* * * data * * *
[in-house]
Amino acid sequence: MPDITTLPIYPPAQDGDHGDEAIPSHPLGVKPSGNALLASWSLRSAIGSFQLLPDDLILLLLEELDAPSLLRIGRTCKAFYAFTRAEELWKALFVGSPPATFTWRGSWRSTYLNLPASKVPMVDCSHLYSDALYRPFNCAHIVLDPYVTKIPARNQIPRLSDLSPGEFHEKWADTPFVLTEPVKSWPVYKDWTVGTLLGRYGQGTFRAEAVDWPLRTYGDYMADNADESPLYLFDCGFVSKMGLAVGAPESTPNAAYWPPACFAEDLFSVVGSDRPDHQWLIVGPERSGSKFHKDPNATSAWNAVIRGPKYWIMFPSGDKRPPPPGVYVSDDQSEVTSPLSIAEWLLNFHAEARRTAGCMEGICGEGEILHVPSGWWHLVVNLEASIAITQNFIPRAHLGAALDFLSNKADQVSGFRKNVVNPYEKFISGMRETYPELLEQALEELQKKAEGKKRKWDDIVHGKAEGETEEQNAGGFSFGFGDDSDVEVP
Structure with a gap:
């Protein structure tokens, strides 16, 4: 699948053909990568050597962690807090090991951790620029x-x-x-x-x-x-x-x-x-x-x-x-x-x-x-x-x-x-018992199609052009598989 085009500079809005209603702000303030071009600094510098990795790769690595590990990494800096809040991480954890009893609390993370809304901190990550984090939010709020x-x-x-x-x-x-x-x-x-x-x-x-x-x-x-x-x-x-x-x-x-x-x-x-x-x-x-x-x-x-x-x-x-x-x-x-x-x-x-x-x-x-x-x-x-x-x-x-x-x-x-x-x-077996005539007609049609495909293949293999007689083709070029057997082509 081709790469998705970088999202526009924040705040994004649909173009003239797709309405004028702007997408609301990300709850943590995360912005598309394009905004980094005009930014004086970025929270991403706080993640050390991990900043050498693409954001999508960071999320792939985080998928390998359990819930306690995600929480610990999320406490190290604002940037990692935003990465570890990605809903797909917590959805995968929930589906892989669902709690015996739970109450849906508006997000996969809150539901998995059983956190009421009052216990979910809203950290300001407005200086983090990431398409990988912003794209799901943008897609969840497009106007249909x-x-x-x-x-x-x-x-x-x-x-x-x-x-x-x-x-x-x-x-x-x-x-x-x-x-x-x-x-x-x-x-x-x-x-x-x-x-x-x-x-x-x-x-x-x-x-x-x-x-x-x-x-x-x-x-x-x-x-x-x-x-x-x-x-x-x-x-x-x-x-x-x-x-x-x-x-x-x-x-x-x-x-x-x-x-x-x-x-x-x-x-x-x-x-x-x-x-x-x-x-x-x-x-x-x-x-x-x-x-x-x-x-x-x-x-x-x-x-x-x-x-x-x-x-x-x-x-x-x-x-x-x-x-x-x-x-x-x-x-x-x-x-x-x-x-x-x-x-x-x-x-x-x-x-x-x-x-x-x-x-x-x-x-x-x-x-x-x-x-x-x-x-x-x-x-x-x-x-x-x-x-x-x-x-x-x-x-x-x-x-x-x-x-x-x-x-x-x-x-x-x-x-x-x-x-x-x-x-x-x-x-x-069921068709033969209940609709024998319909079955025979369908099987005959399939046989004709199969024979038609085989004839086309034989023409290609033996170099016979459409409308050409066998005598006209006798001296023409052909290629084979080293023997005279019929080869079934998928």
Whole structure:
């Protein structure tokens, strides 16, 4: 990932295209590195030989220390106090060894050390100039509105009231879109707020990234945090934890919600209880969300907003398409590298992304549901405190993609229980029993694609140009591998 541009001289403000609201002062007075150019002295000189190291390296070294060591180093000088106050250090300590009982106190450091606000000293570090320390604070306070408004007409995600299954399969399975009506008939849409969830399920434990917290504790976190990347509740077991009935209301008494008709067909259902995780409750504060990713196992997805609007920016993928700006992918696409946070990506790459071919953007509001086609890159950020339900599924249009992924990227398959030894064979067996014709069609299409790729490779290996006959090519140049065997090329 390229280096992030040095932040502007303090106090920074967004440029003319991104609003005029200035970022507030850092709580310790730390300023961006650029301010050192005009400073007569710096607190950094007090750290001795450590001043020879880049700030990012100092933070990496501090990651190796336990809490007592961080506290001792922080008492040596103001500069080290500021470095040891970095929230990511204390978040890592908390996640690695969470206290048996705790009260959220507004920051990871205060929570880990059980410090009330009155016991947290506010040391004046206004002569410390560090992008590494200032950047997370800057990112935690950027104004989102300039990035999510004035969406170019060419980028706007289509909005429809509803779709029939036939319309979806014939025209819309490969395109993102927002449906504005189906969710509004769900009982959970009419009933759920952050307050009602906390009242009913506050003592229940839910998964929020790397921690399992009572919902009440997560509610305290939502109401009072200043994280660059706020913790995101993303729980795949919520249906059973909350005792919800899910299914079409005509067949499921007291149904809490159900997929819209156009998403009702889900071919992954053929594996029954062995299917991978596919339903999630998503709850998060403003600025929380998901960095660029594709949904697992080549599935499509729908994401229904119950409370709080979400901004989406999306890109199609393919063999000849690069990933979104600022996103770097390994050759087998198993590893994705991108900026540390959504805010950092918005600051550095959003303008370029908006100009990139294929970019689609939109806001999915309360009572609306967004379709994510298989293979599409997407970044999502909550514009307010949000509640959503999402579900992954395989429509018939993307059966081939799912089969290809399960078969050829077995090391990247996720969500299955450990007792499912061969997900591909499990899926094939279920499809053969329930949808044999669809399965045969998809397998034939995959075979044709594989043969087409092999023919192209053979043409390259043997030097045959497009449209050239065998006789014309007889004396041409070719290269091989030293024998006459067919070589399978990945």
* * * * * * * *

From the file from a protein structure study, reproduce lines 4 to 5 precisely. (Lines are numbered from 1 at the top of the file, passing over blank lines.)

């Protein structure tokens, strides 16, 4: 699948053909990568050597962690807090090991951790620029x-x-x-x-x-x-x-x-x-x-x-x-x-x-x-x-x-x-018992199609052009598989 085009500079809005209603702000303030071009600094510098990795790769690595590990990494800096809040991480954890009893609390993370809304901190990550984090939010709020x-x-x-x-x-x-x-x-x-x-x-x-x-x-x-x-x-x-x-x-x-x-x-x-x-x-x-x-x-x-x-x-x-x-x-x-x-x-x-x-x-x-x-x-x-x-x-x-x-x-x-x-x-077996005539007609049609495909293949293999007689083709070029057997082509 081709790469998705970088999202526009924040705040994004649909173009003239797709309405004028702007997408609301990300709850943590995360912005598309394009905004980094005009930014004086970025929270991403706080993640050390991990900043050498693409954001999508960071999320792939985080998928390998359990819930306690995600929480610990999320406490190290604002940037990692935003990465570890990605809903797909917590959805995968929930589906892989669902709690015996739970109450849906508006997000996969809150539901998995059983956190009421009052216990979910809203950290300001407005200086983090990431398409990988912003794209799901943008897609969840497009106007249909x-x-x-x-x-x-x-x-x-x-x-x-x-x-x-x-x-x-x-x-x-x-x-x-x-x-x-x-x-x-x-x-x-x-x-x-x-x-x-x-x-x-x-x-x-x-x-x-x-x-x-x-x-x-x-x-x-x-x-x-x-x-x-x-x-x-x-x-x-x-x-x-x-x-x-x-x-x-x-x-x-x-x-x-x-x-x-x-x-x-x-x-x-x-x-x-x-x-x-x-x-x-x-x-x-x-x-x-x-x-x-x-x-x-x-x-x-x-x-x-x-x-x-x-x-x-x-x-x-x-x-x-x-x-x-x-x-x-x-x-x-x-x-x-x-x-x-x-x-x-x-x-x-x-x-x-x-x-x-x-x-x-x-x-x-x-x-x-x-x-x-x-x-x-x-x-x-x-x-x-x-x-x-x-x-x-x-x-x-x-x-x-x-x-x-x-x-x-x-x-x-x-x-x-x-x-x-x-x-x-x-x-x-069921068709033969209940609709024998319909079955025979369908099987005959399939046989004709199969024979038609085989004839086309034989023409290609033996170099016979459409409308050409066998005598006209006798001296023409052909290629084979080293023997005279019929080869079934998928």
Whole structure: